Ursula von der Leyen says citizens in the 27-nation bloc could be vaccinated against coronavirus by Christmas.

European Commission President Ursula Von Der Leyen wears a mask during a debate on next EU council and last Brexit development during a plenary session at the European Parliament in Brussels, Belgium November 25, 2020.
European Commission President Ursula Von Der Leyen wears a mask during a debate on next EU council and last Brexit development during a plenary session at the European Parliament in Brussels, Belgium November 25, 2020. (Reuters)

European Commission President Ursula von der Leyen warned against relaxing coronavirus lockdown measures too quickly, telling the European Parliament there was a risk of a third wave of infections.

"I know that shop owners, bartenders, and waiters in restaurants want an end to restrictions. But we must learn from the summer and not repeat the same mistakes," von der Leyen said. on Wednesday.

"Relaxing too fast and too much is a risk for a third wave after Christmas," she told EU lawmakers. 

READ MORE: Russia reports record number of 507 new Covid-19 deaths – latest updates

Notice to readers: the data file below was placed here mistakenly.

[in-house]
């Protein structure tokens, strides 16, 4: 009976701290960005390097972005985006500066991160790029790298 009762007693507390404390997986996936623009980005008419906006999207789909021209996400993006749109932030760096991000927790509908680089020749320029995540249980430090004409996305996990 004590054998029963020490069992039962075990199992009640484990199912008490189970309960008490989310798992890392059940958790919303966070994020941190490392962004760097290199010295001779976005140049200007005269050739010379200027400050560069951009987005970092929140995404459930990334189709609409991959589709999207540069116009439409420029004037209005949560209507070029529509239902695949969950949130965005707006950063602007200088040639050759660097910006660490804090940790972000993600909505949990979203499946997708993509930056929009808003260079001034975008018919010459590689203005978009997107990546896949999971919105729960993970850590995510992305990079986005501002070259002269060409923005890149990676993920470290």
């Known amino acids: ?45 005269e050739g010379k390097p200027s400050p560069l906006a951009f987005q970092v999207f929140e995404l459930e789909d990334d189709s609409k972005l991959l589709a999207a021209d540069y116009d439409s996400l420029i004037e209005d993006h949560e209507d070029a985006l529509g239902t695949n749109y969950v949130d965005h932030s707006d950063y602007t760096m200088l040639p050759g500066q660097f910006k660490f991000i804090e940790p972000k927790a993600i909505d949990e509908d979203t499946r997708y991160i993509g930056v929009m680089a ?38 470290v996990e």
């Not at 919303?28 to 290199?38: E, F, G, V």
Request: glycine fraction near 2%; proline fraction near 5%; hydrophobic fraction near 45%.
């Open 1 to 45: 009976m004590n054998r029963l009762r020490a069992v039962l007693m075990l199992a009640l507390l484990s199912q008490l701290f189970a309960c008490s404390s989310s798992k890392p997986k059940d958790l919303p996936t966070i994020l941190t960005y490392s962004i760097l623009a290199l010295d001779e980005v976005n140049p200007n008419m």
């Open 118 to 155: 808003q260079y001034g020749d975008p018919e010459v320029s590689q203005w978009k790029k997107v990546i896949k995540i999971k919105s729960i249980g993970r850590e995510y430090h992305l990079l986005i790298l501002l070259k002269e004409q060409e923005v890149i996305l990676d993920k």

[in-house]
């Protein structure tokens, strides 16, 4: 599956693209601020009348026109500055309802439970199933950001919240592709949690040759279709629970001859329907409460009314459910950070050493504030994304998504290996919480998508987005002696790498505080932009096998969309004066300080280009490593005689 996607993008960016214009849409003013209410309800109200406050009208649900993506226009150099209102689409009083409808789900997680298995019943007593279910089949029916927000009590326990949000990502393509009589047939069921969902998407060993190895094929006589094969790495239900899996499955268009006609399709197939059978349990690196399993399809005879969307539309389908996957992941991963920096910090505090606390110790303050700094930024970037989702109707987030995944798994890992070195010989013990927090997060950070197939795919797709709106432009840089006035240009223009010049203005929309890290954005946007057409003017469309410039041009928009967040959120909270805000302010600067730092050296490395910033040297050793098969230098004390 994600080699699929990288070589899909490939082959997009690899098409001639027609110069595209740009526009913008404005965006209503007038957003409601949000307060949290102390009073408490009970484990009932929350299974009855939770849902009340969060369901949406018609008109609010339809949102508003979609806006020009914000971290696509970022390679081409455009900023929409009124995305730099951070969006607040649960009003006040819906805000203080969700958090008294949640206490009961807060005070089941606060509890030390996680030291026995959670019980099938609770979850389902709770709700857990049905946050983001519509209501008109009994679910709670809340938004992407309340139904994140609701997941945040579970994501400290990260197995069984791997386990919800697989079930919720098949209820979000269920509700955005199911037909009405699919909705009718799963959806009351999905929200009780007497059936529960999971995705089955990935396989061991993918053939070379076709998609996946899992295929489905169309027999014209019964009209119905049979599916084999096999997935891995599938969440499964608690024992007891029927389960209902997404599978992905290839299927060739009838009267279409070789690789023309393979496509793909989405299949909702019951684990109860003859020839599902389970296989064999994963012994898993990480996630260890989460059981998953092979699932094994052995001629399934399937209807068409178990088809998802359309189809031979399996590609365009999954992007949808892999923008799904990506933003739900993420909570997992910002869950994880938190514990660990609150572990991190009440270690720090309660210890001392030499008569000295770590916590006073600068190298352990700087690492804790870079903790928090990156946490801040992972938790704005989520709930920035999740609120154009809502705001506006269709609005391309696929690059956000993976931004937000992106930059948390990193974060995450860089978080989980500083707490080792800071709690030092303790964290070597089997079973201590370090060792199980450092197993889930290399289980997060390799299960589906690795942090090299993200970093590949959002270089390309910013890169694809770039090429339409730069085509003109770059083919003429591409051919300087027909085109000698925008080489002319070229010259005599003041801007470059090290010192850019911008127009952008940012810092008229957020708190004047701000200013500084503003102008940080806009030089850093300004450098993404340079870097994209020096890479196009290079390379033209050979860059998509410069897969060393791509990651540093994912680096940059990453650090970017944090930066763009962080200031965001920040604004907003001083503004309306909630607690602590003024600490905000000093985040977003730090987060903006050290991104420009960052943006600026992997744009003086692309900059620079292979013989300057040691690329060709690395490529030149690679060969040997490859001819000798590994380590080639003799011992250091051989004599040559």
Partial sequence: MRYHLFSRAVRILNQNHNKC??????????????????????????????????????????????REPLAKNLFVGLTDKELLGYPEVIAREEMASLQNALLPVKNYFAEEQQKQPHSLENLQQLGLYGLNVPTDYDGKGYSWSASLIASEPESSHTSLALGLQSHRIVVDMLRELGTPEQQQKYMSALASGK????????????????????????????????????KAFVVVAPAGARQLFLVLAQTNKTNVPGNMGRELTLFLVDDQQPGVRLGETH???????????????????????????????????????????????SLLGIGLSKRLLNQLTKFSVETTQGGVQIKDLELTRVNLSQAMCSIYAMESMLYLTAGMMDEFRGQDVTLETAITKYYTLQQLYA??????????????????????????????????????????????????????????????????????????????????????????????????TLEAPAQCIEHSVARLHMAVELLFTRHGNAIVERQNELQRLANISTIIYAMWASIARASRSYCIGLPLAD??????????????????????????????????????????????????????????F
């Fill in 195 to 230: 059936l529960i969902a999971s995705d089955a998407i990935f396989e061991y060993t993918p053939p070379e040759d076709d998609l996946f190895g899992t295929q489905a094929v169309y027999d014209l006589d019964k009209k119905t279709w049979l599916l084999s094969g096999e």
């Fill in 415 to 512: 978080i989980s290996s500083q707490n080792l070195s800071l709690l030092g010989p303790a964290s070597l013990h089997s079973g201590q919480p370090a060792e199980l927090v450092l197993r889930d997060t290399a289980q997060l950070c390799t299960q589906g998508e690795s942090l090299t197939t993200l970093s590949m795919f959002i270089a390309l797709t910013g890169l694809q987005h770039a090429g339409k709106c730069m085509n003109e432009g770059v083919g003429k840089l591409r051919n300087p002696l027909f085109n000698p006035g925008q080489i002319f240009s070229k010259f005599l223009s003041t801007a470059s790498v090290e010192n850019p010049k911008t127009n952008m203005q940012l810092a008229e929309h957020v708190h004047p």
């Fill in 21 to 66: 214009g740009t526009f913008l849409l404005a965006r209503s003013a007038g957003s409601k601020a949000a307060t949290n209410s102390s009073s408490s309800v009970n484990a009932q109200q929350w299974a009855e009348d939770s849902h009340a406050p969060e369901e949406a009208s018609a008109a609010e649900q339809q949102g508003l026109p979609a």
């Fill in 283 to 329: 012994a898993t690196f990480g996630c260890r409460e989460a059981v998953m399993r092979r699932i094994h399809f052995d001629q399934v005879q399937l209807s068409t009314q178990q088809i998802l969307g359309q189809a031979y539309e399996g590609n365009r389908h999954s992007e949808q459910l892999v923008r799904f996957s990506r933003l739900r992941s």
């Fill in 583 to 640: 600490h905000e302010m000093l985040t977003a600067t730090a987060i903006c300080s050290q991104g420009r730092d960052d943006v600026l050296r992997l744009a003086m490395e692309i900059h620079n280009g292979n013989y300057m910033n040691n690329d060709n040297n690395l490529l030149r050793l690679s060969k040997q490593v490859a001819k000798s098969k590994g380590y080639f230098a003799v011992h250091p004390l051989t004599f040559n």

'First virus vaccinations possible by Christmas'

She also said that the first citizens in the 27 nation bloc could be vaccinated against the coronavirus by Christmas, but she warned that member countries must urgently prepare their logistical chains for the rollout of hundreds of millions of doses of the vaccines.

Saying that “there’s finally light at the end of the tunnel,” Ursula von der Leyen told EU lawmakers that “the first European citizens might already be vaccinated before the end of December.”

The commission, the EU's executive arm, has agreements with six potential vaccine suppliers and is working on a seventh contract.
The deals allow it to purchase over 800 million doses, more than the population of the bloc, which stands at around 460 million people.

READ MORE: France evicts hundreds of migrants amid Covid-19 fears

'What counts are vaccinations'

On Tuesday, Brussels said it would sign a contract for up to 160 million doses of the experimental coronavirus vaccine developed by Moderna, which the company says appears to be 94.5 percent effective, according to its preliminary data.

But von der Leyen said that while vaccines are important, “what counts are vaccinations”.

"Member states must get ready now. We’re talking about millions of syringes, we’re talking about cold chains, we’re talking about organizing vaccination centres, we’re talking about trained personnel that is there. You name it. All this has to be prepared,” she warned.

Source: TRTWorld and agencies